US3265069 *Jul 16, 1965Aug 9, 1966Healey Jr John EAnastomosis surgical instruments
US3367337 *Jan 15, 1965Feb 6, 1968Richard B. BerlinSurgical clamp
US4574805 *Oct 17, 1983Mar 11, 1986University Of Iowa Research FoundationInstrument for skin surgery and method for using same
US4596249 *Jul 26, 1983Jun 24, 1986Freda Vincent JImplement for setting sutures
US5201744 *Dec 5, 1991Apr 13, 1993Jones Mark WMethod and device for suturing using a rod with a needle holder
US6272709Jul 13, 2000Aug 14, 2001Timothy J. StriniCombination fishing forceps and knot tying device
US6715804 *Jan 29, 2003Apr 6, 2004Daniel James BeersFisherman's knot tier
US6984237May 22, 2002Jan 10, 2006Orthopaedic Biosystems Ltd., Inc.Suture passing surgical instrument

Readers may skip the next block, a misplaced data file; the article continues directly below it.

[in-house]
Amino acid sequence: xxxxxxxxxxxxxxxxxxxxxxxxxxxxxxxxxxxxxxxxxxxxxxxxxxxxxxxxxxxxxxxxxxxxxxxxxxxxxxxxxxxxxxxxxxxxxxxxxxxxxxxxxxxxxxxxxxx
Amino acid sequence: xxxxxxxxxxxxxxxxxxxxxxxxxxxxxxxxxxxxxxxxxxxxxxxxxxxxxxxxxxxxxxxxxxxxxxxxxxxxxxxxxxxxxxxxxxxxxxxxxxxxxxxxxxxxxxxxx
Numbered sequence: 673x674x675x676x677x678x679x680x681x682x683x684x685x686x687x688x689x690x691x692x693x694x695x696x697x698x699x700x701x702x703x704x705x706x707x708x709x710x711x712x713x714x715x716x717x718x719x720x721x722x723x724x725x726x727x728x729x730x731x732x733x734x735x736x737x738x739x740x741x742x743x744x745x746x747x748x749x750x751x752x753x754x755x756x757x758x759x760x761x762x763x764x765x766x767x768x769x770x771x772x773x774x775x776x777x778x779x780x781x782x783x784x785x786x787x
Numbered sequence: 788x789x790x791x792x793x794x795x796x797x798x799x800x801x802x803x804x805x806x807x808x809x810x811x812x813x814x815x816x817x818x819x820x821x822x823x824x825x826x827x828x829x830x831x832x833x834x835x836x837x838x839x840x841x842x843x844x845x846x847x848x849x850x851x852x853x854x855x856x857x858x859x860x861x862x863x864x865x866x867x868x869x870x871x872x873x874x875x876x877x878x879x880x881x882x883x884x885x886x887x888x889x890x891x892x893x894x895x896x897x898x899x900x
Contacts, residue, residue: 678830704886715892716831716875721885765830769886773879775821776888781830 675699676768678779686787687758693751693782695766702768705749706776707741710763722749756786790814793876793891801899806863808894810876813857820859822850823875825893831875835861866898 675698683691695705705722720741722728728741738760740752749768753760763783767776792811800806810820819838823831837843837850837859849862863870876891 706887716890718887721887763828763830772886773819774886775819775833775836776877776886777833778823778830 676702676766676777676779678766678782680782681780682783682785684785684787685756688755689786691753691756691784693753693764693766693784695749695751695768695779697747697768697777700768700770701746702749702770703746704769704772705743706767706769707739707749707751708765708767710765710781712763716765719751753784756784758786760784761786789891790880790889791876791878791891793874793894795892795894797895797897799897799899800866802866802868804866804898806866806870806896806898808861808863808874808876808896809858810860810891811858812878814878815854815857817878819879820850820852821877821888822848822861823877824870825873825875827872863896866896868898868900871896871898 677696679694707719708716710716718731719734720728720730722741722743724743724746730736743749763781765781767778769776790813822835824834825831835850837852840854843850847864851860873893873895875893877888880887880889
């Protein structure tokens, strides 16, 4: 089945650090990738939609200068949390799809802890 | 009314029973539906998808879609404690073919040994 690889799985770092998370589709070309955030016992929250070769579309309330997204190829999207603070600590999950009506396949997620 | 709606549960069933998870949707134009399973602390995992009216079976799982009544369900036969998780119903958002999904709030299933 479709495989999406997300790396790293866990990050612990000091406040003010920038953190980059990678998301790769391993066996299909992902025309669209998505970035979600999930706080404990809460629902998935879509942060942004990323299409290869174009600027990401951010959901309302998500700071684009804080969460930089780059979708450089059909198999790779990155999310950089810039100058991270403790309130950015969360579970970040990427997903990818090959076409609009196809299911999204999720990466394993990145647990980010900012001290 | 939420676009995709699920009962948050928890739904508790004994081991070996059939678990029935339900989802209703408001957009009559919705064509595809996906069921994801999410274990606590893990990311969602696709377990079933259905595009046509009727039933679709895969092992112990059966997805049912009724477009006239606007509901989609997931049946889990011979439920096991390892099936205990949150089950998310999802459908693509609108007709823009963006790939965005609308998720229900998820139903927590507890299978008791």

US7114279 *Nov 2, 2004Oct 3, 2006Streamworks, LlcFishhook barb crimping tool
US8690898Jun 24, 2005Apr 8, 2014Smith & Nephew, Inc.Suture passing surgical instrument
US9050101Nov 19, 2014Jun 9, 2015Ryan D. SmithSurgical multi-tool and method of use
US9393066May 26, 2015Jul 19, 2016Ryan D. SmithSurgical multi-tool and method of use
US20040004355 *Jan 29, 2003Jan 8, 2004Beers Daniel JamesFisherman's knot tier
US20050204605 *Nov 2, 2004Sep 22, 2005Streamworks, LlcFishhook barb crimping tool
US20050236007 *Apr 23, 2004Oct 27, 2005Ryan TokkoHand tool for hairpieces
US20090204127 *Feb 2, 2009Aug 13, 2009Medicinelodge, Inc.System and method for tying surgical knots
U.S. Classification606/148, 81/418, 606/211, 289/17, 606/185
International ClassificationA61B17/04
Cooperative ClassificationA61B17/04
European ClassificationA61B17/04